27th Nov 2013
There's No Harm in Hope
A Fixer from the Scottish Highlands is campaigning to break down the stigma associated with self-harm and to encourage those affected to seek help.
Diagnosed with mild autism last year and often bullied at school, Dingwall Fixer Katie McBeath (20) says she never had many friends to share her feelings with.
She started to self-harm as a way of dealing with her emotions, but soon realised she needed help to get better.
‘At my lowest I felt so isolated from the world and saw self-harming as the only answer,’ she says. ‘But I knew I needed help.
‘I've had friends that have had similar struggles and we often found that we were judged as time wasters and attention seekers.
‘I hope my project encourages folk to feel they can speak out and not delay their recovery.’
To promote her message ‘No Harm in Hope’, Fixers has helped Katie and her team create wristbands and set up a Twitter page where young people can openly discuss their troubles.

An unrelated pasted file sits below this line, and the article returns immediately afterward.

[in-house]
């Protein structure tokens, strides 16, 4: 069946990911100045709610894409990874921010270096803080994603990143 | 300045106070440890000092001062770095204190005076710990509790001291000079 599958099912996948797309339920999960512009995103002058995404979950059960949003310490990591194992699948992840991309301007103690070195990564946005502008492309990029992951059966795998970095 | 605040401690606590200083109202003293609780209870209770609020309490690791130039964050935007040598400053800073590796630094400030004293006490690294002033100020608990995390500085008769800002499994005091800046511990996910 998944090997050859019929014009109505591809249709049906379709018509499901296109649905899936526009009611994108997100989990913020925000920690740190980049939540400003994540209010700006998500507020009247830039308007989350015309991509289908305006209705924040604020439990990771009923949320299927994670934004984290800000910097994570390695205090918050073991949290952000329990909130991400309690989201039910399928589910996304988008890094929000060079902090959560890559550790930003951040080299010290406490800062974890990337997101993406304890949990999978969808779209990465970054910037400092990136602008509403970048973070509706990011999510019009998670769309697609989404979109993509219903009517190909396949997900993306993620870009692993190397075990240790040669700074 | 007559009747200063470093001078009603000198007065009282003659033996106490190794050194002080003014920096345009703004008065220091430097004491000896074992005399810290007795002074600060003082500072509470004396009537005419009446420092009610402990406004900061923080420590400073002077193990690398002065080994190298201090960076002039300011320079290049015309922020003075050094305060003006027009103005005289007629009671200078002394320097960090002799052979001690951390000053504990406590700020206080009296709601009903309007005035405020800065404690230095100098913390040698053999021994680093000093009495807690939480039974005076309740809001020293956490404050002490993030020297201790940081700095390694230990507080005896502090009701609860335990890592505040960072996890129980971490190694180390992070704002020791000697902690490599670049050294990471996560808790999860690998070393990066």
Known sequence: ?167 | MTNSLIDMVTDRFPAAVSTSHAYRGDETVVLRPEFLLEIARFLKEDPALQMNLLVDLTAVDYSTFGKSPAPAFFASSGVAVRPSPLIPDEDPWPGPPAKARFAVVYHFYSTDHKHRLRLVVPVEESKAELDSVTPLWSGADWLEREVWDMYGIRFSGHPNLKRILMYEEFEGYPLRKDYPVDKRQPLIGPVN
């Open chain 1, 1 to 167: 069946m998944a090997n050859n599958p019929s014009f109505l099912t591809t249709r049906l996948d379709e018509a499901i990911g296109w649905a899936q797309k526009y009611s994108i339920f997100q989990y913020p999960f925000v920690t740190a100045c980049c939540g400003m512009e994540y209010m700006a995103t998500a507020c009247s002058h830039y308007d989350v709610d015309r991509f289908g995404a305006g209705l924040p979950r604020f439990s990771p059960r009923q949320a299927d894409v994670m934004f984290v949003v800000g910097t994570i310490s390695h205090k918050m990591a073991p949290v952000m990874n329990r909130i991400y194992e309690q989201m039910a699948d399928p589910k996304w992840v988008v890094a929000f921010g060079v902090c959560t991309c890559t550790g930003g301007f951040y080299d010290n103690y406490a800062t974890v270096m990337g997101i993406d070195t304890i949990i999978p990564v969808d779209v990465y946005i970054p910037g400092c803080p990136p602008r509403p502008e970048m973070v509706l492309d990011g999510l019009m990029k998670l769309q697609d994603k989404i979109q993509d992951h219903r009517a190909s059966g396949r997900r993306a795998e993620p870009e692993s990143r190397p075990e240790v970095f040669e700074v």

She hopes her campaign will promote solidarity between young people and be something that they can relate to.
‘My aim is to make young people understand there is a way out of strife and they shouldn’t be afraid to tell someone.
‘Creating a Twitter page where they can vent their feelings is ideal in encouraging them to seek help.
‘Though I have ups and downs, I’m in a much better place and want to reach out to other young people so they don't feel the same as I did.'
The wristbands will be distributed to mental health organisations around the Highlands, Islands and Moray.
Visit the group's Twitter page by clicking the link below.